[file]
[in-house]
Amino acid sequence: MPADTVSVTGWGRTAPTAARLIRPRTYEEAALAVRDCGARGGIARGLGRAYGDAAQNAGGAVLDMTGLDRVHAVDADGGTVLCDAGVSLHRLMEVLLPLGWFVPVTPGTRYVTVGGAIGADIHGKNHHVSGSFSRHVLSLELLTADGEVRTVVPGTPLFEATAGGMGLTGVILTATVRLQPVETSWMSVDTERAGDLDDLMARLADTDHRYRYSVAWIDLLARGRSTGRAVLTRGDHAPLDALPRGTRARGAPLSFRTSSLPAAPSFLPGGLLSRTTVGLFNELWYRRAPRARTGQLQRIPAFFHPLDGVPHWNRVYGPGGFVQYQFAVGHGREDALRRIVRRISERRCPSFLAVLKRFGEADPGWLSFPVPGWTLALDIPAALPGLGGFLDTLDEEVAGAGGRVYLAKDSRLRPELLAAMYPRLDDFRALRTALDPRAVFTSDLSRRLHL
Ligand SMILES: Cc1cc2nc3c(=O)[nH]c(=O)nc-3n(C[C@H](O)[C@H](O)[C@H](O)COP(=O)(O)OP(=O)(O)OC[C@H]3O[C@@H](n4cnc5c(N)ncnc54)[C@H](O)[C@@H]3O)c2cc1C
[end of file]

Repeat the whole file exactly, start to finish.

[in-house]
Amino acid sequence: MPADTVSVTGWGRTAPTAARLIRPRTYEEAALAVRDCGARGGIARGLGRAYGDAAQNAGGAVLDMTGLDRVHAVDADGGTVLCDAGVSLHRLMEVLLPLGWFVPVTPGTRYVTVGGAIGADIHGKNHHVSGSFSRHVLSLELLTADGEVRTVVPGTPLFEATAGGMGLTGVILTATVRLQPVETSWMSVDTERAGDLDDLMARLADTDHRYRYSVAWIDLLARGRSTGRAVLTRGDHAPLDALPRGTRARGAPLSFRTSSLPAAPSFLPGGLLSRTTVGLFNELWYRRAPRARTGQLQRIPAFFHPLDGVPHWNRVYGPGGFVQYQFAVGHGREDALRRIVRRISERRCPSFLAVLKRFGEADPGWLSFPVPGWTLALDIPAALPGLGGFLDTLDEEVAGAGGRVYLAKDSRLRPELLAAMYPRLDDFRALRTALDPRAVFTSDLSRRLHL
Ligand SMILES: Cc1cc2nc3c(=O)[nH]c(=O)nc-3n(C[C@H](O)[C@H](O)[C@H](O)COP(=O)(O)OP(=O)(O)OC[C@H]3O[C@@H](n4cnc5c(N)ncnc54)[C@H](O)[C@@H]3O)c2cc1C